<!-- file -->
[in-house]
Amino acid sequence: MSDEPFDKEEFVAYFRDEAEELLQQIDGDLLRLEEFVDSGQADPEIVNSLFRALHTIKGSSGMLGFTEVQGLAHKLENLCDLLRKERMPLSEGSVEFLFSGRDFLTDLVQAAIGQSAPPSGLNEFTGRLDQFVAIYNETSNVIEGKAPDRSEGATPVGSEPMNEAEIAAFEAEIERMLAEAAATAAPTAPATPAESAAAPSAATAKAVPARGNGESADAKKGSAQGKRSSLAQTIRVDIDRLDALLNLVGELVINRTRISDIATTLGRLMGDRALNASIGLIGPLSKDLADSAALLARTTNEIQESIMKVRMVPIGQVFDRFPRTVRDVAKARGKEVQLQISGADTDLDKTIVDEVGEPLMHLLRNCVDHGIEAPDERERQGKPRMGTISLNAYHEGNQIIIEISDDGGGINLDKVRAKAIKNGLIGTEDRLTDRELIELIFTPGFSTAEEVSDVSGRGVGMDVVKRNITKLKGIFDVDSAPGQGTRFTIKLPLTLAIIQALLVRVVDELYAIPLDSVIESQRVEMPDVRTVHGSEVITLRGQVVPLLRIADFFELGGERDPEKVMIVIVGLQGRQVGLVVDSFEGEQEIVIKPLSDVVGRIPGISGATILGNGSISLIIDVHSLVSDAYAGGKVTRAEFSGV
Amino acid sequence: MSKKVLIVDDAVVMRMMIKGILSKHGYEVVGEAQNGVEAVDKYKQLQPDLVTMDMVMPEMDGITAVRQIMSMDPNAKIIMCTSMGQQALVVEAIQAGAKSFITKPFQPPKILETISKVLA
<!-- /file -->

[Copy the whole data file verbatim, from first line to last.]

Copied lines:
[in-house]
Amino acid sequence: MSDEPFDKEEFVAYFRDEAEELLQQIDGDLLRLEEFVDSGQADPEIVNSLFRALHTIKGSSGMLGFTEVQGLAHKLENLCDLLRKERMPLSEGSVEFLFSGRDFLTDLVQAAIGQSAPPSGLNEFTGRLDQFVAIYNETSNVIEGKAPDRSEGATPVGSEPMNEAEIAAFEAEIERMLAEAAATAAPTAPATPAESAAAPSAATAKAVPARGNGESADAKKGSAQGKRSSLAQTIRVDIDRLDALLNLVGELVINRTRISDIATTLGRLMGDRALNASIGLIGPLSKDLADSAALLARTTNEIQESIMKVRMVPIGQVFDRFPRTVRDVAKARGKEVQLQISGADTDLDKTIVDEVGEPLMHLLRNCVDHGIEAPDERERQGKPRMGTISLNAYHEGNQIIIEISDDGGGINLDKVRAKAIKNGLIGTEDRLTDRELIELIFTPGFSTAEEVSDVSGRGVGMDVVKRNITKLKGIFDVDSAPGQGTRFTIKLPLTLAIIQALLVRVVDELYAIPLDSVIESQRVEMPDVRTVHGSEVITLRGQVVPLLRIADFFELGGERDPEKVMIVIVGLQGRQVGLVVDSFEGEQEIVIKPLSDVVGRIPGISGATILGNGSISLIIDVHSLVSDAYAGGKVTRAEFSGV
Amino acid sequence: MSKKVLIVDDAVVMRMMIKGILSKHGYEVVGEAQNGVEAVDKYKQLQPDLVTMDMVMPEMDGITAVRQIMSMDPNAKIIMCTSMGQQALVVEAIQAGAKSFITKPFQPPKILETISKVLA